Comparative Gene Expression Studies in AD and Other Conditions

More than 98% of the human genome is composed of noncoding DNA. It is postulated that much of the genetic variation that influences risk of common and complex human diseases such as Alzheimer's disease (AD) and other neurodegenerative diseases will reside in noncoding though functional, regulatory regions of the genome and will alter disease risk by affecting gene expression.

If this hypothesis is correct, many functional, regulatory genetic variants or their proxies will associate with both disease risk and gene expression levels. Further, gene transcripts, which are regulated by functional disease risk variants, may show differential levels in subjects that have the disease either clinically or prodromally in comparison with control subjects.

In support of this hypothesis, the lab has determined that genetic variants near many genetic risk loci for late-onset Alzheimer's disease (LOAD) associate with brain levels of nearby genes. Additionally, genetic variants that have strong association with brain gene expression levels are enriched for human disease-associated variants, including those for LOAD.

The lab has several ongoing projects that are aimed at harnessing this dual information on gene expression levels and disease risk. The goal is to identify and characterize novel genes, transcripts and genetic risk variants for LOAD. These projects include:

1. Target pathway discovery in AD using transcriptomics

The team has already determined that the strongest genetic risk variants for AD — detected in genomic screens — also associate with the brain expression levels of genes located close to the strong risk variants. These findings suggest that genetic variants that confer risk of AD can be found by modifying the expression levels of genes in the brain.

Many genes exist in different forms, called isoforms, which result in different protein products with diverse functions. Identifying the precise changes in brain levels of these gene isoforms enhances the understanding of risk mechanisms in AD and enables future novel therapeutic approaches.

In this project, the lab aims to uncover specific isoform level changes for the strongest Alzheimer's risk genes using deceased-donor brains of people who had AD. Additionally, researchers will identify the biological consequences of altering specific isoform levels for some of the risk genes by decreasing or increasing their levels in cellular models, as well as investigating functional outcomes such as cell survival.

The goal is to uncover changes to the gene isoform level that implicates novel pathways in AD that may guide future drug discovery efforts and revolutionize therapeutic approaches.

2. A systems approach to targeting innate immunity in AD

As part of a multi-institutional project co-led by Nilüfer Ertekin-Taner, M.D., Ph.D.; Todd Golde, M.D., Ph.D., at the University of Florida; and Nathan Price, Ph.D., at the Institute for Systems Biology, the laboratory is leading projects to identify potential therapeutic targets and novel biomarkers through using multiomics and computational systems biology approaches.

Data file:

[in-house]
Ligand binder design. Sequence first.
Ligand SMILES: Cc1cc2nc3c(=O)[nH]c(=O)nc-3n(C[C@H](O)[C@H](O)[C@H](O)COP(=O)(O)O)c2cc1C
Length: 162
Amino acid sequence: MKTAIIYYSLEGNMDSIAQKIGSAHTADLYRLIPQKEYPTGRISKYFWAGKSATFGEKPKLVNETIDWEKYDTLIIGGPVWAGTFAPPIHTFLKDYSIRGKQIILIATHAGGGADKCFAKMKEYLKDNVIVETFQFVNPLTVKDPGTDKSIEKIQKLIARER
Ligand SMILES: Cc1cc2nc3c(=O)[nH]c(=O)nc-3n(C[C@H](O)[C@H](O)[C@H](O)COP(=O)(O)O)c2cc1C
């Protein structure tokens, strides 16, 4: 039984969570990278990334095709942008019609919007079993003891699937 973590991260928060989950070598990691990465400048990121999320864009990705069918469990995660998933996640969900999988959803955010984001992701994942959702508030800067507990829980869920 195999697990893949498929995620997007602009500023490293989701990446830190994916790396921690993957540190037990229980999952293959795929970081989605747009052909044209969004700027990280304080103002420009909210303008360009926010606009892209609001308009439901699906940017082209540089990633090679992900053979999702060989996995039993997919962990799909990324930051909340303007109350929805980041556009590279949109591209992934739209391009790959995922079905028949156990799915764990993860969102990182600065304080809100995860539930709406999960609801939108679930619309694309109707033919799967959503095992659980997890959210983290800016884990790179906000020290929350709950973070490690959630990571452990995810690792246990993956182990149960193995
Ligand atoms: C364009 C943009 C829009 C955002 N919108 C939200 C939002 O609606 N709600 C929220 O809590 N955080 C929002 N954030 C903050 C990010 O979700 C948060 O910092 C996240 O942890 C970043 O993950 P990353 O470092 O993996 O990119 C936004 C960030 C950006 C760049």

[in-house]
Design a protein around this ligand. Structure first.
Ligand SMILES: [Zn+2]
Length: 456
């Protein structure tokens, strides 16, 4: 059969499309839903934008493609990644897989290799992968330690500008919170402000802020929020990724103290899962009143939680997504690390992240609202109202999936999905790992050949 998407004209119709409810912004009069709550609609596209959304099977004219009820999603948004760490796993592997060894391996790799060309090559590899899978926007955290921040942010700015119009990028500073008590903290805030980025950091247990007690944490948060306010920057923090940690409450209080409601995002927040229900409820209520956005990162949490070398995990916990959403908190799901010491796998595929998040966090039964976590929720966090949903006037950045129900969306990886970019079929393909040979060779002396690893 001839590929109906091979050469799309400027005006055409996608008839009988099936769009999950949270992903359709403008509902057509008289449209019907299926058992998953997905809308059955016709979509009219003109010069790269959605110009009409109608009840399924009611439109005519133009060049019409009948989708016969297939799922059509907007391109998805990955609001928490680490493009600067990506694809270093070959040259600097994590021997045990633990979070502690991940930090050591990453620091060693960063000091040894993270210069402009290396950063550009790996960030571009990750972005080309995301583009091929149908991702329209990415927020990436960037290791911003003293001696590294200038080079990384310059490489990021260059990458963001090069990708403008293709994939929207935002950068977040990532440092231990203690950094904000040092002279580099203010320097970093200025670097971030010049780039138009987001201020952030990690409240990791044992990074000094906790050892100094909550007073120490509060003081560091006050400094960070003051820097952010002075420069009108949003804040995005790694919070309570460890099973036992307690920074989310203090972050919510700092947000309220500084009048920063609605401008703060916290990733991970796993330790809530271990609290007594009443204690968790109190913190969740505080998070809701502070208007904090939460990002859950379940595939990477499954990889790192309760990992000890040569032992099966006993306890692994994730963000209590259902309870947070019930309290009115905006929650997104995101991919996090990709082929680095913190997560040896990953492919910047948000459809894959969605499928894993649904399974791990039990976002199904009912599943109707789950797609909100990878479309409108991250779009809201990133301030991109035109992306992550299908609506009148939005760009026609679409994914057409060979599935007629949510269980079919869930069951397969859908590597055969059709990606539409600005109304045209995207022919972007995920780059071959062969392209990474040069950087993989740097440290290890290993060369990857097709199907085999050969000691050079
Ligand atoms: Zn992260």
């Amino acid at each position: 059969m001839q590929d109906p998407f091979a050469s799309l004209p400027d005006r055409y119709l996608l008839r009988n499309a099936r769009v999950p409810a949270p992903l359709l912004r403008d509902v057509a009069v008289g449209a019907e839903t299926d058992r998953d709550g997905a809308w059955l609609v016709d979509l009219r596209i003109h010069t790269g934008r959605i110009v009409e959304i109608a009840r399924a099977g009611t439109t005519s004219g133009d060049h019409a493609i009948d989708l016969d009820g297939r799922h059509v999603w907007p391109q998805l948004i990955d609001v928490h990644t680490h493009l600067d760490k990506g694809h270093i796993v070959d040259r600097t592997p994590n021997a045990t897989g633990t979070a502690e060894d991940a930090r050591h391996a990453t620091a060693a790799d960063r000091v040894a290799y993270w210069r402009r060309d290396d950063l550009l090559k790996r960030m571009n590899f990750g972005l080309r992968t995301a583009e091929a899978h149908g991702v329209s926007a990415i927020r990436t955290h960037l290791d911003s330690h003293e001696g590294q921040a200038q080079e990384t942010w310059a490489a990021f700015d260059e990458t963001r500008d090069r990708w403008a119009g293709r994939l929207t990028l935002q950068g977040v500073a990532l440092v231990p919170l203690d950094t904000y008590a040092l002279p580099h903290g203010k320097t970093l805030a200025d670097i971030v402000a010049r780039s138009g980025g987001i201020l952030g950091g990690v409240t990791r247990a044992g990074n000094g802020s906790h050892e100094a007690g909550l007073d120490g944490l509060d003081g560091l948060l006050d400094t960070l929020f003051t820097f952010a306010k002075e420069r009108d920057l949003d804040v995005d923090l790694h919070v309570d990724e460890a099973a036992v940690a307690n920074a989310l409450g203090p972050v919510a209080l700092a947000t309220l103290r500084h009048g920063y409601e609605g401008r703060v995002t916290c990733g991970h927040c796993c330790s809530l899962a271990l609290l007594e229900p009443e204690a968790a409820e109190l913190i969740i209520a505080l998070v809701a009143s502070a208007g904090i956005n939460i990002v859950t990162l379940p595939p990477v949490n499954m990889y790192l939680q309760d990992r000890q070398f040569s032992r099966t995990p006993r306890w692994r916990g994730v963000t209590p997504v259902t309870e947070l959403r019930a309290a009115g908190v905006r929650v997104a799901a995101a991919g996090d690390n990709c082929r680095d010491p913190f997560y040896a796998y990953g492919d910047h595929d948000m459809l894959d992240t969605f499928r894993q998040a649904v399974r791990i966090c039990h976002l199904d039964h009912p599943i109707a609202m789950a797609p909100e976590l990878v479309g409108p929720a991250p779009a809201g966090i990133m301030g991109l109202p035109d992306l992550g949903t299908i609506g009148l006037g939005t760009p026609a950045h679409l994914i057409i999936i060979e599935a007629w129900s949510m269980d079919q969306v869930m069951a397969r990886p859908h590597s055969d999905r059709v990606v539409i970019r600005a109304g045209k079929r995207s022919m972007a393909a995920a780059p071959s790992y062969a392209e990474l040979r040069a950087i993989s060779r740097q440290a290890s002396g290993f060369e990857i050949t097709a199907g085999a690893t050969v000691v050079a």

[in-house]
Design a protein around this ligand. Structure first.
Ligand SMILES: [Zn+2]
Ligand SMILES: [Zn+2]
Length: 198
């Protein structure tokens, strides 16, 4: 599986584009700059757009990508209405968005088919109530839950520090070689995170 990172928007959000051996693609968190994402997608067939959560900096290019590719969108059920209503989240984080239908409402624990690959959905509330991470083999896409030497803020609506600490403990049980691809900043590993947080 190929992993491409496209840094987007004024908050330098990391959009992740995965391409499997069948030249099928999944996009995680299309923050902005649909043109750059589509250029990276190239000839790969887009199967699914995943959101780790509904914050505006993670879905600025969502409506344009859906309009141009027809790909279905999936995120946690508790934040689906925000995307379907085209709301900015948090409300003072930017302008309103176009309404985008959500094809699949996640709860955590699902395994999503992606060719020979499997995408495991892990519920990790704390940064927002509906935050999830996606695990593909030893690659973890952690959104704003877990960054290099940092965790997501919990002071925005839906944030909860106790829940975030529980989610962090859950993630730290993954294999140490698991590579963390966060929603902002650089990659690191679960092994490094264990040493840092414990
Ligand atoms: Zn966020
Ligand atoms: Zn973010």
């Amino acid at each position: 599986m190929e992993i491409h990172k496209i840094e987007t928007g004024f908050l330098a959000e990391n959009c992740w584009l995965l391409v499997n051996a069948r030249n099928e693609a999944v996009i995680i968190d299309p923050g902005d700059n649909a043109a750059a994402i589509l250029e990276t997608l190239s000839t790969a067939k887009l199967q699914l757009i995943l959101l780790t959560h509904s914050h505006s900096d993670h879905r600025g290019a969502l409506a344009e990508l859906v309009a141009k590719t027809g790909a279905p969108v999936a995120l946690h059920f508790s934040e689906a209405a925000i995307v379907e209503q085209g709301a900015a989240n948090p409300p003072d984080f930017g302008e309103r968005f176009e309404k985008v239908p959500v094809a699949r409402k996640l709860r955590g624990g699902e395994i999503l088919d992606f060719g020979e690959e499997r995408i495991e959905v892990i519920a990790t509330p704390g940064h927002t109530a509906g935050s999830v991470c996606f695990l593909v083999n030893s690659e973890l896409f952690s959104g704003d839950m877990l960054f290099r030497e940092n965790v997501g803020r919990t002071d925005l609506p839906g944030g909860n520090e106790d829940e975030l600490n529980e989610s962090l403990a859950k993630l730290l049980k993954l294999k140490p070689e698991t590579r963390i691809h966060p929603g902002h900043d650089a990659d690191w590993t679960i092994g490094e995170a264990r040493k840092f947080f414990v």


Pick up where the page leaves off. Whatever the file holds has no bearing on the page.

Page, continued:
Using whole-genome sequencing, next-generation RNA sequencing and genome-wide genotypes, the team has identified:

  • Novel pathways in Alzheimer's disease
  • Potential regulatory variants in innate immune genes
  • Distinct transcriptional networks implicated with cell-specific pathologies and characterized disease risk association
  • Transcriptional profiles of genes in innate immune pathways

The vast amount of multiomics data has been shared with the research community and utilized to nominate novel therapeutic targets for Alzheimer's disease.

In the second five years of this work, the Mayo Clinic team aims to identify precise therapeutic targets, their potential mechanism of action and beneficial therapeutic direction through the addition of epigenetic profiling (H3K27ac and ATACseq) for existing brain samples (700 brain samples from 350 subjects) and performing multi-scale computational analyses followed by collaborative functional validations in model systems.

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3. Multiomics approaches for biomarker discovery in AD

The overarching goal of these studies is to identify genetically driven premorbid blood transcript biomarkers for AD. Researchers in Dr. Ertekin-Taner's laboratory postulate that transcript level changes that occur due to regulatory genetic variants, which also influence disease risk, can be detected prior to the development of clinical AD. The underlying premise is that since disease risk variants are expected to be more frequent in the high-risk preclinical AD population compared with controls, the downstream regulatory effects of transcript level changes also can be detected preclinically.

Indeed, the strongest known genetic risk factor for LOAD, apolipoprotein ε4 (APOE ε4), has higher frequency in subjects with mild cognitive impairment (MCI). This is a high-risk state considered to be a prodrome for AD, especially for amnestic MCI (aMCI). Although APOE ε4 reflects coding and not regulatory polymorphisms, if these observations apply to other disease risk variants, then regulatory variants that influence AD risk and also associate with levels of gene transcripts will result in transcript level differences. These include study participants with AD versus controls and high-risk, preclinical subjects (such as aMCI) versus controls.